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Joe Fantauzzi: Needed: A Real Deal For Cities

Over at NinetyTwoPointEight, I have written a post about the need for substantive discussion during the ongoing Toronto municipal election about freeing up the city from the paternalism of its relationship with and dependance on the province of Ontario. Here is the link: Election 2014: A Lost Opportunity To Push For A Real Deal For Cities

Joe Fantauzzi: The Ontario Election, Austerity and The Social Commons

In his Second Treatise of Government, John Locke argued that land, when Common, was fallow and unproductive. Mixing one’s labour with the land, such as growing grain or picking an apple, however, privatized the land and allowed access to the fruits of the labour.[1] Eventually these private, “productive” lands were enclosed, most often by fences. In a […]

Joe Fantauzzi: The Ontario Election, Austerity and The Social Commons

In his Second Treatise of Government, John Locke argued that land, when Common, was fallow and unproductive. Mixing one’s labour with the land, such as growing grain or picking an apple, however, privatized the land and allowed access to the fruits of the labour.[1] Eventually these private, “productive” lands were enclosed, most often by fences. In a […]

Alex's Blog: Tax Is More Than A Four Letter Word

http://castroller.com/podcasts/TheAgendaVideo/4043959

The Agenda – Steve Paikin interview before the Ontario Budget May 30, 2014

Alex's Blog: Tax Is More Than A Four Letter Word

“Taxes are what we pay for a civilized society”, a quote from Justice Oliver Wendell Holmes on the IRS headquarter in Washington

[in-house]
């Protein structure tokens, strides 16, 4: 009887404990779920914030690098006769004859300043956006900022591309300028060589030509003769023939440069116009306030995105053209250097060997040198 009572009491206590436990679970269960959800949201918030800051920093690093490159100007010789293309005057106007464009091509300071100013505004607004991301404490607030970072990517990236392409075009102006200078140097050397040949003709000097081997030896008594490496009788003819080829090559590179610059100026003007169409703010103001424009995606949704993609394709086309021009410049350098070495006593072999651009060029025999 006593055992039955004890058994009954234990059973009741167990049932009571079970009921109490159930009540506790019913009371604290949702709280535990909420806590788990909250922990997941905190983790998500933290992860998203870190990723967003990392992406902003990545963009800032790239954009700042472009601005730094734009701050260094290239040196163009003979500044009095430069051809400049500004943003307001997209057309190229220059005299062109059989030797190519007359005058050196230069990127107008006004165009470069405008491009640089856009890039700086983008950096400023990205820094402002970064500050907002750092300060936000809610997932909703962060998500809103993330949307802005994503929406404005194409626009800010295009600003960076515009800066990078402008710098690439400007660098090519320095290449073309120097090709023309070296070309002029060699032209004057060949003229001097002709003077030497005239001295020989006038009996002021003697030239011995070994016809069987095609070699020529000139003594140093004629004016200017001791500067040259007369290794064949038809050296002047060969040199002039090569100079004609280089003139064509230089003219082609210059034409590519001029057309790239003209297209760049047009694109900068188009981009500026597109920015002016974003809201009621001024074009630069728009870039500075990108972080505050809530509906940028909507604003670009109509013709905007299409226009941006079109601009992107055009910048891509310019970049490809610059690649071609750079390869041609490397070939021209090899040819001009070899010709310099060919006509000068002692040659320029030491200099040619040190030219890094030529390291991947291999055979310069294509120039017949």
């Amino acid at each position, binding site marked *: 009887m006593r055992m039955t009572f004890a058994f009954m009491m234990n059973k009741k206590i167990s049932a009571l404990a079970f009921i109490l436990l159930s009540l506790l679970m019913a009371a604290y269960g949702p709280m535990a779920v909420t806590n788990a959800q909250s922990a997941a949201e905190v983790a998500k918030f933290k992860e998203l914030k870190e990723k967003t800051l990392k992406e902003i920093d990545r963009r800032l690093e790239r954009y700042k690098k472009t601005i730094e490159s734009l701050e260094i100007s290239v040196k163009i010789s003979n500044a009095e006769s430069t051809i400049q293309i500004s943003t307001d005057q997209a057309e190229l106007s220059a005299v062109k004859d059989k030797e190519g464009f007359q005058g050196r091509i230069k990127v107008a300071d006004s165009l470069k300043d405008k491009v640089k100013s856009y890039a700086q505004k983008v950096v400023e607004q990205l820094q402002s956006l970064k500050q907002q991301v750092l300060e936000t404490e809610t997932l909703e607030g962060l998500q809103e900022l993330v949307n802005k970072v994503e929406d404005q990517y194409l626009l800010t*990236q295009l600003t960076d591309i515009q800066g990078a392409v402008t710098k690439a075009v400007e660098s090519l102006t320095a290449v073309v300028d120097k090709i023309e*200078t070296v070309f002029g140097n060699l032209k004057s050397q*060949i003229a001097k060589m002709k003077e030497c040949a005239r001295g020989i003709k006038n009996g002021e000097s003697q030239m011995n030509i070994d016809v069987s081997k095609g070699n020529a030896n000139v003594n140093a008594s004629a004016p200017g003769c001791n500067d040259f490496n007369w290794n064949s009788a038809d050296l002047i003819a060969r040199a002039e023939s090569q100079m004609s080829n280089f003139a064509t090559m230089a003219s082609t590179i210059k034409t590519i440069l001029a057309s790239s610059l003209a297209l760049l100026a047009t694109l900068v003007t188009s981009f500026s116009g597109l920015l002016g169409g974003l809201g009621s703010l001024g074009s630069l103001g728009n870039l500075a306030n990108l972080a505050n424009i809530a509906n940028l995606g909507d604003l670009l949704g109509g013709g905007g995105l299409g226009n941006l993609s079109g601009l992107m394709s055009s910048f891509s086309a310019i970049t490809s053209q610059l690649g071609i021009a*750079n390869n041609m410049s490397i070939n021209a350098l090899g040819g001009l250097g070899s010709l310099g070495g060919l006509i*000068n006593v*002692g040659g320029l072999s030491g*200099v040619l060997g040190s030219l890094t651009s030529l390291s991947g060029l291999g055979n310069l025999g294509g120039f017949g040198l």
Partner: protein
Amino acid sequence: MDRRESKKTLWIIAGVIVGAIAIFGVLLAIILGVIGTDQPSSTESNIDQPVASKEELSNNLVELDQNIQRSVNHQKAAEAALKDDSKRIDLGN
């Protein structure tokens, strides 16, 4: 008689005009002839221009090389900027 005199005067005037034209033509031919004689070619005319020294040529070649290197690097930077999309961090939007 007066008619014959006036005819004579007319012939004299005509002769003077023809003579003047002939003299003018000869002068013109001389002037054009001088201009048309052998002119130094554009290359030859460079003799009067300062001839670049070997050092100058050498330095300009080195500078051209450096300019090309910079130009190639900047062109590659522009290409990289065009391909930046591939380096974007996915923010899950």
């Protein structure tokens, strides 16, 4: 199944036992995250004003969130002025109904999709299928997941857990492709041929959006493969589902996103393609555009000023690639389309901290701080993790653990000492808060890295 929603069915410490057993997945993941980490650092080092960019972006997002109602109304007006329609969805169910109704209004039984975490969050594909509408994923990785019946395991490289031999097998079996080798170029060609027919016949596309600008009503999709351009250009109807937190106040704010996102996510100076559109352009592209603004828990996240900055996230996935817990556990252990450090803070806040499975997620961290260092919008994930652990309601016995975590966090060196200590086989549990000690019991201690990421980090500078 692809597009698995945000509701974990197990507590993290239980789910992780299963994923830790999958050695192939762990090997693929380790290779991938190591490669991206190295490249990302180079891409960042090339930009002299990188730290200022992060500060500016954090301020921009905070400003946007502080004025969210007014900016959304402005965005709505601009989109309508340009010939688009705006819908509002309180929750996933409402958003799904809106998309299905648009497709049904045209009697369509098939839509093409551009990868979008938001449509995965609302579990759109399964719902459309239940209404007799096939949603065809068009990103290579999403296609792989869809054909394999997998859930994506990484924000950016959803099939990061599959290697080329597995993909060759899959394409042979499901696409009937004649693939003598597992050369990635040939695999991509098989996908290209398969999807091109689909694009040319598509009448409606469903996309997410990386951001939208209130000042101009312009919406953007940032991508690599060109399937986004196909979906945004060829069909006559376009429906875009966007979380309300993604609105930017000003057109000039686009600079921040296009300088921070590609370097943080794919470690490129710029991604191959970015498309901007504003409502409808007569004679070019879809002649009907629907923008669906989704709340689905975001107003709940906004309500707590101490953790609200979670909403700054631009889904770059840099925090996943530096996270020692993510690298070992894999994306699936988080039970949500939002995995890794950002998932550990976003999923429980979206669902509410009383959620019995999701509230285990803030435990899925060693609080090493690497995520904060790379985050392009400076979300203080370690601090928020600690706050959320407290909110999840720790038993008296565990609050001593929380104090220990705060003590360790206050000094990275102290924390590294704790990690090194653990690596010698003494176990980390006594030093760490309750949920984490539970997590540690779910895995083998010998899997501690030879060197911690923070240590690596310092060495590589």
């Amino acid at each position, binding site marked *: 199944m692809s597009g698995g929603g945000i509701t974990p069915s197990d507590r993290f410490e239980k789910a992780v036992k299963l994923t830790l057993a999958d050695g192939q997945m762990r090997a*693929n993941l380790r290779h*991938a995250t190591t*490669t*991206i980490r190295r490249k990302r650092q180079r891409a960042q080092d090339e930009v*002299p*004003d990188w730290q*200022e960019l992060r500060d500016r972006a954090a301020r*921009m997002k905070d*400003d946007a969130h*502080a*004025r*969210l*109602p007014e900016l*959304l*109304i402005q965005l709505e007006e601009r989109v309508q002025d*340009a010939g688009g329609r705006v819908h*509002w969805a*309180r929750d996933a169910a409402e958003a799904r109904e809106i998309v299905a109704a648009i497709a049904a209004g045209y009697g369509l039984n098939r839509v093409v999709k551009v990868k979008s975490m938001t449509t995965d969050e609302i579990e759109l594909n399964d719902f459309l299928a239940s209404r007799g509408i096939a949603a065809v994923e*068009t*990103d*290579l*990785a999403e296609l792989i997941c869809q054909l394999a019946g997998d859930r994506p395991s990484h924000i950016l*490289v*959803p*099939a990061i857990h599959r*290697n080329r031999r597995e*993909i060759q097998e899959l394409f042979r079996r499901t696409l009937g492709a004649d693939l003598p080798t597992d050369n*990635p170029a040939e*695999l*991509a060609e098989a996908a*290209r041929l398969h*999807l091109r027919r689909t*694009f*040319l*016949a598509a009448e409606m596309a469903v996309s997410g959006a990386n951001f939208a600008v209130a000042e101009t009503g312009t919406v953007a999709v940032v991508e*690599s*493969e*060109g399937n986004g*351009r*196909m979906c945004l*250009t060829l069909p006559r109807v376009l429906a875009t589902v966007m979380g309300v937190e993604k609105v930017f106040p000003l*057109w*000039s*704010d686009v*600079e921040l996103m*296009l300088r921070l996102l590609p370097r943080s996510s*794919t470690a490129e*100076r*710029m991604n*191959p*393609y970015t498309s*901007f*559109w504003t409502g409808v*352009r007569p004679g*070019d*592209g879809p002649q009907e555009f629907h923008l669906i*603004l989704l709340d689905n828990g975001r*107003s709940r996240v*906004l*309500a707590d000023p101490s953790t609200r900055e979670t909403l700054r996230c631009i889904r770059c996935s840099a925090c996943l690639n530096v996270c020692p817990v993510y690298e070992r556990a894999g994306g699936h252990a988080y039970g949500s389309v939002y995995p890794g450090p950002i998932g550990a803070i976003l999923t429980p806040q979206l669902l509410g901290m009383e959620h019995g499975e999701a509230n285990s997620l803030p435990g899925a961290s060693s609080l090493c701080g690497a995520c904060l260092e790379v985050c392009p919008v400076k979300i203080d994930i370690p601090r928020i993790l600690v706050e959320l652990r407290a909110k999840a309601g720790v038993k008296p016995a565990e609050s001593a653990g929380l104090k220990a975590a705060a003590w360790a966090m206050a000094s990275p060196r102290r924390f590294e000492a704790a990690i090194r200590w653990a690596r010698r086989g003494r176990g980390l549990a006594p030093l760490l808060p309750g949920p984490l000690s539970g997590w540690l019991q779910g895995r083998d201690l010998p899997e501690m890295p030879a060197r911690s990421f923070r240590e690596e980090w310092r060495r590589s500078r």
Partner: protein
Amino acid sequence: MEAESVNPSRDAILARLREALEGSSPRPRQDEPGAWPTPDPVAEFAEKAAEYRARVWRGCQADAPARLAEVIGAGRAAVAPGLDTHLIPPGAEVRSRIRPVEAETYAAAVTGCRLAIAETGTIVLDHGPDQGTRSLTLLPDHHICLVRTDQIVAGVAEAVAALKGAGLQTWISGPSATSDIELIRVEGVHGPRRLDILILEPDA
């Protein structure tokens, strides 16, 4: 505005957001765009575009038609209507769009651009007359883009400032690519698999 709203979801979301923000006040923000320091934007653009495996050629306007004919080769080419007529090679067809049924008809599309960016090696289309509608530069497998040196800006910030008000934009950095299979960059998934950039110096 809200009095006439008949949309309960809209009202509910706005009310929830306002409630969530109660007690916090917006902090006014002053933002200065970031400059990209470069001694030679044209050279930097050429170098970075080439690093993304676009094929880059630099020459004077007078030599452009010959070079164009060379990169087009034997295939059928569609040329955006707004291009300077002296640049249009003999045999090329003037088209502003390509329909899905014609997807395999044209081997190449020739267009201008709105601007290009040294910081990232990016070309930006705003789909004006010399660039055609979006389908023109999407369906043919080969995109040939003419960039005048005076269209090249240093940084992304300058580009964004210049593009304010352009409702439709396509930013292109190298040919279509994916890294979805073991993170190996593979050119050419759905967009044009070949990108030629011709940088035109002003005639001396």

Ontario Budget 2014: watch my interview with Steve Paikin at The Agenda HERE

Art Threat: Should artists be able to pay taxes with artwork?

As income tax filing deadlines approach across North America, many Mexican artists will be counting canvases instead of pay stubs. In Mexico, a country that has lost over $870 billion to tax evasion and money laundering, hundreds of artists aren’t required to pay a dime in tax. Instead, they pay the government with artwork.

For decades the federal Mexican government has allowed artists to take part in their Pago en Especie (Payment in Kind) program, which allows them to pay their federal income taxes with their own artwork.

For artists in the program, tax math is incredibly simple. If they (Read more…)

Political Eh-conomy: Where’s the tax in BC’s carbon tax?

British Columbia’s carbon tax has been getting some high praise lately. A recent article in the Atlantic called it “the crown jewel of North American climate policy”. Such assessments need some tempering. BC’s carbon tax can tell us important things about the limits of fiscal policy today, which in turn questions the potential it has for fostering significant environmental change.

Tales of the tax’s effectiveness focus on its environmental impacts. Almost six years since its introduction, it is indisputable that the carbon tax has had some impact on resource use and emissions. This is clearly a good thing. There is (Read more…)

Political Eh-conomy: Published elsewhere: Ontario is no California when it comes to debt

The Toronto Star just published an article I wrote in response to claims made by the Fraser Institute and the Toronto Sun that Ontario has a runaway debt problem worse than California’s.

The short version: I call BS. The slightly longer version: California has constraints, such as limits on the size of debt and difficulties in raising new taxes, that have severely hampered its ability to take on and manage debt. It has a smaller debt than Ontario on all measures but much worse credit standing. Ontario, on the other hand, still has a lot of flexibility to deal with (Read more…)

Things Are Good: IMF: Tax the Rich to Improve the Economy

The International Monetary Fund has just completed a study that compiled data across time and space to conclude that taxation isn’t harmful for economies. Indeed, taxing the rich is actually very beneficial for any national economy because it stops inequality – which is an awful thing for both people and economic progress.